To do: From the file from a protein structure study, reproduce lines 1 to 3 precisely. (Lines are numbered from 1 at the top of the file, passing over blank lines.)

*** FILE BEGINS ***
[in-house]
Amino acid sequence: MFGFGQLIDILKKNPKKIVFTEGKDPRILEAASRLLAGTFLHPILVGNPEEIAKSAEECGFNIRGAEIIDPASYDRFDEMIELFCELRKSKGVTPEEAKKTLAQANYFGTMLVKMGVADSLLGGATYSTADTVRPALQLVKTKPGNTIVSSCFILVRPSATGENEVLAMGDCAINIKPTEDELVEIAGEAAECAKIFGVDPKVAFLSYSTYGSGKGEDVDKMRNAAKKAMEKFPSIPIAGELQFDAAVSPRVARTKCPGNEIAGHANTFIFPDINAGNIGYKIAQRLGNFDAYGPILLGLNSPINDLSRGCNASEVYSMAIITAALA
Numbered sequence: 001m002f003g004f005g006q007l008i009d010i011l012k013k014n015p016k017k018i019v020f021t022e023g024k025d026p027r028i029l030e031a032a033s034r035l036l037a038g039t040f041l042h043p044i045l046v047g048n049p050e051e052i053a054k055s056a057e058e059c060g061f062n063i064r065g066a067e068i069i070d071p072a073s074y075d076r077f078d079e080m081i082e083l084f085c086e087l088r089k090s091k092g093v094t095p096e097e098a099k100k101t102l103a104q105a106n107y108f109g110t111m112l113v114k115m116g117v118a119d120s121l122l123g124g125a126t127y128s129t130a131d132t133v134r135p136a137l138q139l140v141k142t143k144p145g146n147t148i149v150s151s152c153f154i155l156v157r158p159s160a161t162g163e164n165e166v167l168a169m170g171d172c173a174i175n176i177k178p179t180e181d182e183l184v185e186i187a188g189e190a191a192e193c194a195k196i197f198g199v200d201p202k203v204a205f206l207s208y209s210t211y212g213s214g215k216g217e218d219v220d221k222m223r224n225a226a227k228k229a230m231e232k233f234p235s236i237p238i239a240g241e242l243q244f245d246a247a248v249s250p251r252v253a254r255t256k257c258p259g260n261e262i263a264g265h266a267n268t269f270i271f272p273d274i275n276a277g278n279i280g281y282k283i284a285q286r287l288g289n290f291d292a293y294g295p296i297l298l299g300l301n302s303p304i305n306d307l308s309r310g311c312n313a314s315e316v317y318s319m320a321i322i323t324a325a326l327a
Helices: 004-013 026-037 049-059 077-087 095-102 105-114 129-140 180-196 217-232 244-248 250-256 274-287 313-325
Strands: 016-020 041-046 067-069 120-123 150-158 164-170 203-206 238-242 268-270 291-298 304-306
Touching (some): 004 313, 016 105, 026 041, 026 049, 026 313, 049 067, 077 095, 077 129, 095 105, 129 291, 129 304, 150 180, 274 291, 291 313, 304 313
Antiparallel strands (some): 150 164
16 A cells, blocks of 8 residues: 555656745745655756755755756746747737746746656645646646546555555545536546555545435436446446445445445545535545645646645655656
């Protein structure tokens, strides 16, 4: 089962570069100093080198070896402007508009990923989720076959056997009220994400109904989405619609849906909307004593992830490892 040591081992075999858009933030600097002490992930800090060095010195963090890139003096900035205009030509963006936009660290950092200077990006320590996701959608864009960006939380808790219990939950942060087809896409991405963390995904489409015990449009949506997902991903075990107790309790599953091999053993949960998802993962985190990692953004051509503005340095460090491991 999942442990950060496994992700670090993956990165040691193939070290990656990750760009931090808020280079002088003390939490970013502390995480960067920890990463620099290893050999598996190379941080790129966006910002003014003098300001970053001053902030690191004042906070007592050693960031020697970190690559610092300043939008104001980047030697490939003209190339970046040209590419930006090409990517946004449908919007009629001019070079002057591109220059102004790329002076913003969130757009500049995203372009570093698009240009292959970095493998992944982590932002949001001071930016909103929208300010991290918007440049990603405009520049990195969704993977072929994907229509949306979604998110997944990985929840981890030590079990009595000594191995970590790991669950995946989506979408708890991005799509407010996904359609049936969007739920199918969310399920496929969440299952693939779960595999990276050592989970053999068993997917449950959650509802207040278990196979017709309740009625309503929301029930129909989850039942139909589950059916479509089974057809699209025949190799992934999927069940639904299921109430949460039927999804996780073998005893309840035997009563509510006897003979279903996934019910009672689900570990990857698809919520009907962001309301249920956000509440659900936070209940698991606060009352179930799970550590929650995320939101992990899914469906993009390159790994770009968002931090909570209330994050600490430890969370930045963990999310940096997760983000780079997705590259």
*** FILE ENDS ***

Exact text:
[in-house]
Amino acid sequence: MFGFGQLIDILKKNPKKIVFTEGKDPRILEAASRLLAGTFLHPILVGNPEEIAKSAEECGFNIRGAEIIDPASYDRFDEMIELFCELRKSKGVTPEEAKKTLAQANYFGTMLVKMGVADSLLGGATYSTADTVRPALQLVKTKPGNTIVSSCFILVRPSATGENEVLAMGDCAINIKPTEDELVEIAGEAAECAKIFGVDPKVAFLSYSTYGSGKGEDVDKMRNAAKKAMEKFPSIPIAGELQFDAAVSPRVARTKCPGNEIAGHANTFIFPDINAGNIGYKIAQRLGNFDAYGPILLGLNSPINDLSRGCNASEVYSMAIITAALA
Numbered sequence: 001m002f003g004f005g006q007l008i009d010i011l012k013k014n015p016k017k018i019v020f021t022e023g024k025d026p027r028i029l030e031a032a033s034r035l036l037a038g039t040f041l042h043p044i045l046v047g048n049p050e051e052i053a054k055s056a057e058e059c060g061f062n063i064r065g066a067e068i069i070d071p072a073s074y075d076r077f078d079e080m081i082e083l084f085c086e087l088r089k090s091k092g093v094t095p096e097e098a099k100k101t102l103a104q105a106n107y108f109g110t111m112l113v114k115m116g117v118a119d120s121l122l123g124g125a126t127y128s129t130a131d132t133v134r135p136a137l138q139l140v141k142t143k144p145g146n147t148i149v150s151s152c153f154i155l156v157r158p159s160a161t162g163e164n165e166v167l168a169m170g171d172c173a174i175n176i177k178p179t180e181d182e183l184v185e186i187a188g189e190a191a192e193c194a195k196i197f198g199v200d201p202k203v204a205f206l207s208y209s210t211y212g213s214g215k216g217e218d219v220d221k222m223r224n225a226a227k228k229a230m231e232k233f234p235s236i237p238i239a240g241e242l243q244f245d246a247a248v249s250p251r252v253a254r255t256k257c258p259g260n261e262i263a264g265h266a267n268t269f270i271f272p273d274i275n276a277g278n279i280g281y282k283i284a285q286r287l288g289n290f291d292a293y294g295p296i297l298l299g300l301n302s303p304i305n306d307l308s309r310g311c312n313a314s315e316v317y318s319m320a321i322i323t324a325a326l327a